Kit being developed for cheaper, faster enteric virus detection

By Ma. Cristina Arayata

June 17, 2022, 8:27 pm

<p>Miranda Hall - Natural Sciences Research Institute (<em>Photo grabbed from UP NRSI Facebook page</em>)</p>

Miranda Hall - Natural Sciences Research Institute (Photo grabbed from UP NRSI Facebook page)

MANILA -- Researchers from the University of the Philippines-Natural Sciences Research Institute (UP NSRI) are currently developing a kit that could offer a cheaper and faster way to detect enteric viruses, commonly blamed for water and foodborne diseases like gastroenteritis.

"This could detect several types of enteric viruses, such as enterovirus, norovirus, astrovirus, just by getting one sample. As this could detect up to six kinds of viruses, the patients would no longer need to spend for several tests," project leader Joy Ann Santos told the Philippine News Agency Friday afternoon.

She added that the kit, which is likely to be completed by August 2023, would be beneficial for both the patient and medical professionals since the results can be obtained in about an hour. "The technology does not require expensive equipment and long training to be implemented. Thus, diagnosis and treatment could begin immediately," she said.

Santos said that currently, no detection kit for all six enteric viruses (noroviruses, astroviruses, rotaviruses, hepatitis A, hepatitis E, and poliovirus) is available. "There are test kits available for each type of the virus, but these require different platforms, equipment and processes."

To detect the viruses using the kit, the nucleic acid will first have to be extracted after samples are collected.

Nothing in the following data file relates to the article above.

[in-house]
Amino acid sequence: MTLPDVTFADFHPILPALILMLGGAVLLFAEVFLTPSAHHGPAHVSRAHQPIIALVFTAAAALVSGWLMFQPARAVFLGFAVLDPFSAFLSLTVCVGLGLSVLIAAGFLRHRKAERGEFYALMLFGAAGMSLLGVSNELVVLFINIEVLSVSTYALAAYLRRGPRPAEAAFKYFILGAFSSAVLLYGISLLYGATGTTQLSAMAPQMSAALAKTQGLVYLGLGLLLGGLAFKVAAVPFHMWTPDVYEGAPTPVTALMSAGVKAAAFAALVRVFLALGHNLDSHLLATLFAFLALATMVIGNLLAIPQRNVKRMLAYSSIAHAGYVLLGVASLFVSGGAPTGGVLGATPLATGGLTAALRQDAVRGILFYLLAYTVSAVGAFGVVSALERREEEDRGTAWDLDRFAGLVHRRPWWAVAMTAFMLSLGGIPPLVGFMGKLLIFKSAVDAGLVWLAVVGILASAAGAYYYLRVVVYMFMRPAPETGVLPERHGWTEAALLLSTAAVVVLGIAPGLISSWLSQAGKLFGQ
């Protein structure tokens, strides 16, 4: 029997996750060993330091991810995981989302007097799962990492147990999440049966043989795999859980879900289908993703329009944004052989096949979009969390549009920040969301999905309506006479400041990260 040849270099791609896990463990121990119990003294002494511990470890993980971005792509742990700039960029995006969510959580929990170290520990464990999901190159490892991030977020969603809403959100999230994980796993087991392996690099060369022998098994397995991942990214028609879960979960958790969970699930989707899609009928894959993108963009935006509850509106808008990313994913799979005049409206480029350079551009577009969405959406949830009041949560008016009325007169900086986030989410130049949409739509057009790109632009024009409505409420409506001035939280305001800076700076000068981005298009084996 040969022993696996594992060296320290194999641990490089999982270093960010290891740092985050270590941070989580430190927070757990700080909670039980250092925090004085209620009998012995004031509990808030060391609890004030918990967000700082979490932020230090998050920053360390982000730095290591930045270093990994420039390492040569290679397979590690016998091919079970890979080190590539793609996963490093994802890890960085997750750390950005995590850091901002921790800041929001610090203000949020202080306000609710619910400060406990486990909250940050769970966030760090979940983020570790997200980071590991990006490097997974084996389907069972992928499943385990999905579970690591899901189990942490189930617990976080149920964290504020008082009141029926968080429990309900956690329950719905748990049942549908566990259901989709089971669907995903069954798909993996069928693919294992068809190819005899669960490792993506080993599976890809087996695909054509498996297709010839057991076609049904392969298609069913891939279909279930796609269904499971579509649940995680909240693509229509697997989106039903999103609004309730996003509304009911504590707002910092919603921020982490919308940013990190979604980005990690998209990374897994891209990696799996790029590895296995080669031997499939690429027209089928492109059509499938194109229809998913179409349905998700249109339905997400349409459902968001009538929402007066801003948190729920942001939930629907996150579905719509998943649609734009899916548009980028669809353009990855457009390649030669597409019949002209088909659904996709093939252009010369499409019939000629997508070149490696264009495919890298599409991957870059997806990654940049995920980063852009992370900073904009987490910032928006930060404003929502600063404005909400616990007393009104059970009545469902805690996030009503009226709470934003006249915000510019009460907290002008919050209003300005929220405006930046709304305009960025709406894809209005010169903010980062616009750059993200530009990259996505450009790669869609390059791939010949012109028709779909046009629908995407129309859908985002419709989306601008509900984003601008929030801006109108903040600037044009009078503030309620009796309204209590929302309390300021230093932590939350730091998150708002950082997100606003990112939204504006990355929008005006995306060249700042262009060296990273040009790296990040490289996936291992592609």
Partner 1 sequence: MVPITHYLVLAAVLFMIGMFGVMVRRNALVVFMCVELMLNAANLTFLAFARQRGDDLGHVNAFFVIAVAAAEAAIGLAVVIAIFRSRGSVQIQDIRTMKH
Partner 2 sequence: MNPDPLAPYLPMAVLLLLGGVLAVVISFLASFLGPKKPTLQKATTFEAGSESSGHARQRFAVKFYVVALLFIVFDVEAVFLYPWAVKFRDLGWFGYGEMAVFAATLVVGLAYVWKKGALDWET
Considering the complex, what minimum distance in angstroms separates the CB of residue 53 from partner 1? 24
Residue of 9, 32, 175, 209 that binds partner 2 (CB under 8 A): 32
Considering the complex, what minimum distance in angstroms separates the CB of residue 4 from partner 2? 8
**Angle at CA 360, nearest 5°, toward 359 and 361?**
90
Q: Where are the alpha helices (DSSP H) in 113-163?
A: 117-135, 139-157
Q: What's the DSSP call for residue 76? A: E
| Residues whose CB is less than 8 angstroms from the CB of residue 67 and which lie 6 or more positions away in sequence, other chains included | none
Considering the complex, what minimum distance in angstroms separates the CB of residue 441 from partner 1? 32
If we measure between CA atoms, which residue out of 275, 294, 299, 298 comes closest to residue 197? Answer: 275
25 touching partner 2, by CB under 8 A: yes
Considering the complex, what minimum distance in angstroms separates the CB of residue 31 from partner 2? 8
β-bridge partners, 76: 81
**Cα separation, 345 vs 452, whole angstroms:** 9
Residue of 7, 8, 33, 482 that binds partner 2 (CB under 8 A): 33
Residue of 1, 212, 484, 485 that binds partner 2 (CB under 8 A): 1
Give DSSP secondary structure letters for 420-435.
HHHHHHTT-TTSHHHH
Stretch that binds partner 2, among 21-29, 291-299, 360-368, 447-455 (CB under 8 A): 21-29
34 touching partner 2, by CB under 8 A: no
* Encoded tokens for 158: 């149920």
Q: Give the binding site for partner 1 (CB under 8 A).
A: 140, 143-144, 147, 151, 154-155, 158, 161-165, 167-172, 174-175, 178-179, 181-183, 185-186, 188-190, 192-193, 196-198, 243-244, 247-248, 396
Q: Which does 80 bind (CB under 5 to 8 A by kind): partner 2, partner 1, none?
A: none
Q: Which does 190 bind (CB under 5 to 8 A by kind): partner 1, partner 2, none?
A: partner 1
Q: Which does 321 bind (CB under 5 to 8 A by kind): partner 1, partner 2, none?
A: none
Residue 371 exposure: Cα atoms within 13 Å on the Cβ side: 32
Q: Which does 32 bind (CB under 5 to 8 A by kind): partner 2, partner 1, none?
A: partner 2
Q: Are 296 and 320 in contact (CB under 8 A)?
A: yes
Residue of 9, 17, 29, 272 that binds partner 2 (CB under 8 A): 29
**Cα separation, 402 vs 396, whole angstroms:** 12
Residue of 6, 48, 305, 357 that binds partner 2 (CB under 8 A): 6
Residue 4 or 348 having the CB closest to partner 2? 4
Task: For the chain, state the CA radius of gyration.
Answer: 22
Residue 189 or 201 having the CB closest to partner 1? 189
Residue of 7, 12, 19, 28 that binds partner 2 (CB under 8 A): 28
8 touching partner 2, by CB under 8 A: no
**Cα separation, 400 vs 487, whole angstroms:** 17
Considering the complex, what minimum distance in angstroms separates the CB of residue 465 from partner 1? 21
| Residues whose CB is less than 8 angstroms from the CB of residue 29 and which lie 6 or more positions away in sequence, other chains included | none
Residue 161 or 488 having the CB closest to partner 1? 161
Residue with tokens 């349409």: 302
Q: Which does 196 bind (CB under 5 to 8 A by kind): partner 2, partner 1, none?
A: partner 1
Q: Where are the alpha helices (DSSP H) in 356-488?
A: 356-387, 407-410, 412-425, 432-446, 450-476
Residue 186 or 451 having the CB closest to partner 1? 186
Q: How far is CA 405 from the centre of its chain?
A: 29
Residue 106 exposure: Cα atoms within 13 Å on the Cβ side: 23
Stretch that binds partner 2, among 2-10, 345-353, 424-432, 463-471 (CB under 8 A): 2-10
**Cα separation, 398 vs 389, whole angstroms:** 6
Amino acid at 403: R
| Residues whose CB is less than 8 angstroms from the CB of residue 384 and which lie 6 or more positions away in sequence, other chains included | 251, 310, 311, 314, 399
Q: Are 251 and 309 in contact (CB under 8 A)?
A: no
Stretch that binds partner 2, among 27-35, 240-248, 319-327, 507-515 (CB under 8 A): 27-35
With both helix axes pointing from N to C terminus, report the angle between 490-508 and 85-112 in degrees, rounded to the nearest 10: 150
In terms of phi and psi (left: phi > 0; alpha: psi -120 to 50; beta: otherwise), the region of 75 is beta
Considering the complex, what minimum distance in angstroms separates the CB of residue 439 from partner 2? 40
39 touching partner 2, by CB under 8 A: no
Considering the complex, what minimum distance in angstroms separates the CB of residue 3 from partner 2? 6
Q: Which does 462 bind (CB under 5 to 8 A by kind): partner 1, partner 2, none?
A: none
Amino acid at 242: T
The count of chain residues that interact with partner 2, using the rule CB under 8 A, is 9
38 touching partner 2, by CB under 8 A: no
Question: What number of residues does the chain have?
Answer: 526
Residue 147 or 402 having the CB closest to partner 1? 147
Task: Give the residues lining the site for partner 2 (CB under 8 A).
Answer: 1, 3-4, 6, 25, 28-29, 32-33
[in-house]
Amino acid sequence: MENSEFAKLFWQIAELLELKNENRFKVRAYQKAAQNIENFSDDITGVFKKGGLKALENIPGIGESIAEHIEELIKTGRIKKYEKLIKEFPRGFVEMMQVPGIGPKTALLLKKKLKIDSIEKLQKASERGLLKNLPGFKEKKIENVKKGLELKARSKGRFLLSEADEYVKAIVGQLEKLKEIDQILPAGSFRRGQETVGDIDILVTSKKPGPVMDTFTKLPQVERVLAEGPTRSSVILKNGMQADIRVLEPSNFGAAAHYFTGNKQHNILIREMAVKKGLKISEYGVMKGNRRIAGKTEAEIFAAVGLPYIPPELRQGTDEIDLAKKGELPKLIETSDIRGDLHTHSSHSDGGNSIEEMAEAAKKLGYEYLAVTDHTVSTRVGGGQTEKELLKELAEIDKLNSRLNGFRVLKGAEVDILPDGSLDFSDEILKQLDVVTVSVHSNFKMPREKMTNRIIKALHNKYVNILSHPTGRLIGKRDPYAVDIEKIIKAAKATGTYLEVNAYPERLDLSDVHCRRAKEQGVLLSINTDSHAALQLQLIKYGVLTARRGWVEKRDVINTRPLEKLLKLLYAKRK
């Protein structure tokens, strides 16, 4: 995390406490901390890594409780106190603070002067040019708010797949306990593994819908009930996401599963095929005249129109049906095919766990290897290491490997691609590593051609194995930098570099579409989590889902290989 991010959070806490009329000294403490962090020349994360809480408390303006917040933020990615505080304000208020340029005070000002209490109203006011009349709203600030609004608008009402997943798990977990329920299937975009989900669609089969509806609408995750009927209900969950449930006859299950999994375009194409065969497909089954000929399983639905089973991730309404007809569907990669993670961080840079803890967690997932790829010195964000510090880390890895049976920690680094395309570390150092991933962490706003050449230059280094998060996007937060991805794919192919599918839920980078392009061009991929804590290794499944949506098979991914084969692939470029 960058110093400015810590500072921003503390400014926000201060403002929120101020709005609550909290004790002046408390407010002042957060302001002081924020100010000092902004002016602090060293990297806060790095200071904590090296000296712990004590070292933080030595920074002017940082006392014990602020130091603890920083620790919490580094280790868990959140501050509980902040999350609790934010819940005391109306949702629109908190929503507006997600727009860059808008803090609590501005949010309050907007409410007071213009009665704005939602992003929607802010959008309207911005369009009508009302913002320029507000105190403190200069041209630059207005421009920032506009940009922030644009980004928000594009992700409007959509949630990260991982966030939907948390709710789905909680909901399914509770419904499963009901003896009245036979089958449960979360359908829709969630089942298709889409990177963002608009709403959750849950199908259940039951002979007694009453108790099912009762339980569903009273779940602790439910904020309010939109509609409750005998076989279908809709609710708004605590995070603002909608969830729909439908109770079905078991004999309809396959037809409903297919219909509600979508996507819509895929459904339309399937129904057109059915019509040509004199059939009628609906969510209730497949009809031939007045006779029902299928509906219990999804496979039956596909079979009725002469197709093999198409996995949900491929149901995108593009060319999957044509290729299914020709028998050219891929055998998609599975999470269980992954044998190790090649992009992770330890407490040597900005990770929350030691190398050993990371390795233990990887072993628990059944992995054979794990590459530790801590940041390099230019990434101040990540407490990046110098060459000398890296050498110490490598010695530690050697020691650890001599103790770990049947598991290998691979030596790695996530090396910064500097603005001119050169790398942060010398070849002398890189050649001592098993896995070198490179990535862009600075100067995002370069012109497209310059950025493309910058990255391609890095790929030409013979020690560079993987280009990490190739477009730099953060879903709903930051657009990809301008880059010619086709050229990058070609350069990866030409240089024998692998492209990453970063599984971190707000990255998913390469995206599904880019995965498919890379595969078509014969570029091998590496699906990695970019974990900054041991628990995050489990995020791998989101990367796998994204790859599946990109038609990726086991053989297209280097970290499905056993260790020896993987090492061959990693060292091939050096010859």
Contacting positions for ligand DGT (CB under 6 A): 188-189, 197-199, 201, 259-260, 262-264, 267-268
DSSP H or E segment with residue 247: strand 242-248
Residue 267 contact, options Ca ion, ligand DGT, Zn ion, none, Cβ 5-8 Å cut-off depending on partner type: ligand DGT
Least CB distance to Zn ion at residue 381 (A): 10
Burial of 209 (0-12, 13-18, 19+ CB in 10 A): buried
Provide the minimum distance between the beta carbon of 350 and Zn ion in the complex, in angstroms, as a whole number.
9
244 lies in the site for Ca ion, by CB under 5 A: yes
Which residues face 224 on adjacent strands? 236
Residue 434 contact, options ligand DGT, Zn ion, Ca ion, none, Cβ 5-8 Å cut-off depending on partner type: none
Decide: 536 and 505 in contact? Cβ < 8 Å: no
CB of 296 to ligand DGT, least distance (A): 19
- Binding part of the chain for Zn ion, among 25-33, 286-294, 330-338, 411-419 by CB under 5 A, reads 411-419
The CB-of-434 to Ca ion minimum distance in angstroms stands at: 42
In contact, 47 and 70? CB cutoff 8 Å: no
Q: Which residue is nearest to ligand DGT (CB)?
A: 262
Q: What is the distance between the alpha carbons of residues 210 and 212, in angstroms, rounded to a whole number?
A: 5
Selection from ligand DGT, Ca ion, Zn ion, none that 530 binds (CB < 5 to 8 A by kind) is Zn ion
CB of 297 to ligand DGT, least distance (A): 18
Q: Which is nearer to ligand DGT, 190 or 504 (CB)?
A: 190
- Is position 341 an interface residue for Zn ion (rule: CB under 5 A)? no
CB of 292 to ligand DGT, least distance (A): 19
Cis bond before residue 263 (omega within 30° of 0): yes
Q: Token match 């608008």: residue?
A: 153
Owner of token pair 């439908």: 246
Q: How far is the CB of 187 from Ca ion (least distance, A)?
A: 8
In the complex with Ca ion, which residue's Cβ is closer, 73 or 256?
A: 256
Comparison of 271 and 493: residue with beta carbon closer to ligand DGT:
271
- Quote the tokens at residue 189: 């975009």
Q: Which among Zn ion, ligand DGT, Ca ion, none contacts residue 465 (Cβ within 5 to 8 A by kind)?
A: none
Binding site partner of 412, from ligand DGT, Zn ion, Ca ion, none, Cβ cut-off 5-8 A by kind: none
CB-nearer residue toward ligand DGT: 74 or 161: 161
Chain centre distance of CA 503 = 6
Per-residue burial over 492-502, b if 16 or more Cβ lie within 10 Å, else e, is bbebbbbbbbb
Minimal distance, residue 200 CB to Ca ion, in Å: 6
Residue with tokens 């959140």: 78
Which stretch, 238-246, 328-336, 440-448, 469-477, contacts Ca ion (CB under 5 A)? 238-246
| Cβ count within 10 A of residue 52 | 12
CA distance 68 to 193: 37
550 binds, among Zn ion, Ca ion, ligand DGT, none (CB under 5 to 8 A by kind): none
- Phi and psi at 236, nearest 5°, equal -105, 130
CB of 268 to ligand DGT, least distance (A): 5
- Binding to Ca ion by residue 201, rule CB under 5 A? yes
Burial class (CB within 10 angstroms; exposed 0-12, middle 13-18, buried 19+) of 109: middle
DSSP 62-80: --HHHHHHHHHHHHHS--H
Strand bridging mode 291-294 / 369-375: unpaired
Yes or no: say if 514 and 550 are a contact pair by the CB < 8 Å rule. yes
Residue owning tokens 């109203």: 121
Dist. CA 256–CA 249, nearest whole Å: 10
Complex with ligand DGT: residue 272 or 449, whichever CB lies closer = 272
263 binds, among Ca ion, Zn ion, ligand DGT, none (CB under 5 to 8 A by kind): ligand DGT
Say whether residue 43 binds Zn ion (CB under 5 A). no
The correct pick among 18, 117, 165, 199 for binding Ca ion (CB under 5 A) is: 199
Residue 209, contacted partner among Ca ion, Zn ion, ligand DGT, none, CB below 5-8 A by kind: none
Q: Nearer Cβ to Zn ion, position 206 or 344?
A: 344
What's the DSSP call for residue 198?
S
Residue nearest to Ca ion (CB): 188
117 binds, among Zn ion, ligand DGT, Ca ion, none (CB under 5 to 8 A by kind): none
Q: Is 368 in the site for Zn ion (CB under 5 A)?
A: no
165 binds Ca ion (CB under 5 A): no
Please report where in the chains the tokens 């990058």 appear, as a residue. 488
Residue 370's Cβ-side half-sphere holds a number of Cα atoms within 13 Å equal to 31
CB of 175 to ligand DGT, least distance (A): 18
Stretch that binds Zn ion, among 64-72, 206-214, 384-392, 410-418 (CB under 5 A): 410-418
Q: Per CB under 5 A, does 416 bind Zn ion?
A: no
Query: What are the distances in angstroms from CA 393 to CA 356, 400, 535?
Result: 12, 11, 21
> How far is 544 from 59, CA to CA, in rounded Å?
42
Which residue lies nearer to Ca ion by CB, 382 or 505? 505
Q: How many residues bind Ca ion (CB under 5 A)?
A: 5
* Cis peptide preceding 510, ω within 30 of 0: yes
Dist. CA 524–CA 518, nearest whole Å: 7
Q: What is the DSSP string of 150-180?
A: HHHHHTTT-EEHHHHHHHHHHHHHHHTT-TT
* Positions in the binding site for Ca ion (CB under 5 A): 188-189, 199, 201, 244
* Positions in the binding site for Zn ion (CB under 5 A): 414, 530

"The nucleic acid will then be amplified, which requires only a single temperature of 37 to 42 degrees Celsius and can be completed in as little as 30 minutes. The product will be allowed to pass through the product Vertical Flow Microarray (VFM) paper. The paper microarray will be visualized after passing through the samples. The causative agent in the sample will then be identified," she said.

The project is still under development, but as soon as the primer sequences pass the statistical analysis, the researchers envision creating two multiplexable one-step RT-RPA kits that could each detect three enteric viruses.

In addition to that, a separate paper-based microarray will be produced to detect six enteric viruses in one device. The two technologies can be combined into a single product.

The product can be licensed into technology for commercialization through the Manila Healthtek Incorporation, Santos said.

The project was funded by the Philippine Council for Health Research and Development for PHP15.2 million

Meanwhile, Department of Science and Technology Secretary Fortunato de la Peña said these diagnostic kits will be helpful both in the detection of causative agents of the disease in patients and for detecting contamination in water sources.

"Diseases caused by contamination of water resources are a critical concern globally. Enteric viruses are one of the leading causes of acute diarrhea outbreaks in the Philippines, he said. (PNA)